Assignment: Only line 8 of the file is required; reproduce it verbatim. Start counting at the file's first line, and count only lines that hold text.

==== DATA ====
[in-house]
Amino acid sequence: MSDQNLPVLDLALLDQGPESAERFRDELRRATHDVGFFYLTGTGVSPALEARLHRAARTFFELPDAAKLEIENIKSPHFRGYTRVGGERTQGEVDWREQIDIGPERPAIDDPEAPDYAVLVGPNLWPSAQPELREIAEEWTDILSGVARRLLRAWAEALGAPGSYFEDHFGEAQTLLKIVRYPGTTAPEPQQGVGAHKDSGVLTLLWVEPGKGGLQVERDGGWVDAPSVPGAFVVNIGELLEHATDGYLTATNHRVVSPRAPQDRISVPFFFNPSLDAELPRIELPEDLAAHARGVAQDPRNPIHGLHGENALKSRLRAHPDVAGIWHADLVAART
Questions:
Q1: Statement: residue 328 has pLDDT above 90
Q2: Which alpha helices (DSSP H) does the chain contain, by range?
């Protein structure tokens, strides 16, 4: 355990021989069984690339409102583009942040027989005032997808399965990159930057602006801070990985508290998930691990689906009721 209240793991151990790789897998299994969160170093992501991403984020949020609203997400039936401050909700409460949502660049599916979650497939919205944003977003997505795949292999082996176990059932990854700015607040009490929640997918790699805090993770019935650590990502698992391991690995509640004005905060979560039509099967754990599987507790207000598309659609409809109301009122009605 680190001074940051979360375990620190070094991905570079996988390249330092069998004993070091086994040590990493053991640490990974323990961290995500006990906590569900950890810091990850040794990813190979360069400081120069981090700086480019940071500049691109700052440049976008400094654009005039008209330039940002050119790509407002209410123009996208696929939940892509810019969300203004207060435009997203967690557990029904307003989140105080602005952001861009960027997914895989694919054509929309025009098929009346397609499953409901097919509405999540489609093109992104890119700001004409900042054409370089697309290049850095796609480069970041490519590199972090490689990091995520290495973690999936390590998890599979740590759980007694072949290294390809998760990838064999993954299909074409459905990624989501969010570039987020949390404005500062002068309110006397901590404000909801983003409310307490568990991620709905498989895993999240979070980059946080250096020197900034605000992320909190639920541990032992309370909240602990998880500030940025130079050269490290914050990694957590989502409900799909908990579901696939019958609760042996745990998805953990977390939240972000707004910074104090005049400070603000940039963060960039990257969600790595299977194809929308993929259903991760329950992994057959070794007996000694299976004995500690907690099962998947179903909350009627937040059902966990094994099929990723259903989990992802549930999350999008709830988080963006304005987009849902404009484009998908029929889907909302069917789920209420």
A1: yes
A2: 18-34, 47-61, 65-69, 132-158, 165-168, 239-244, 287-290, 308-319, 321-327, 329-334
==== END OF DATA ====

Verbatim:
A2: 18-34, 47-61, 65-69, 132-158, 165-168, 239-244, 287-290, 308-319, 321-327, 329-334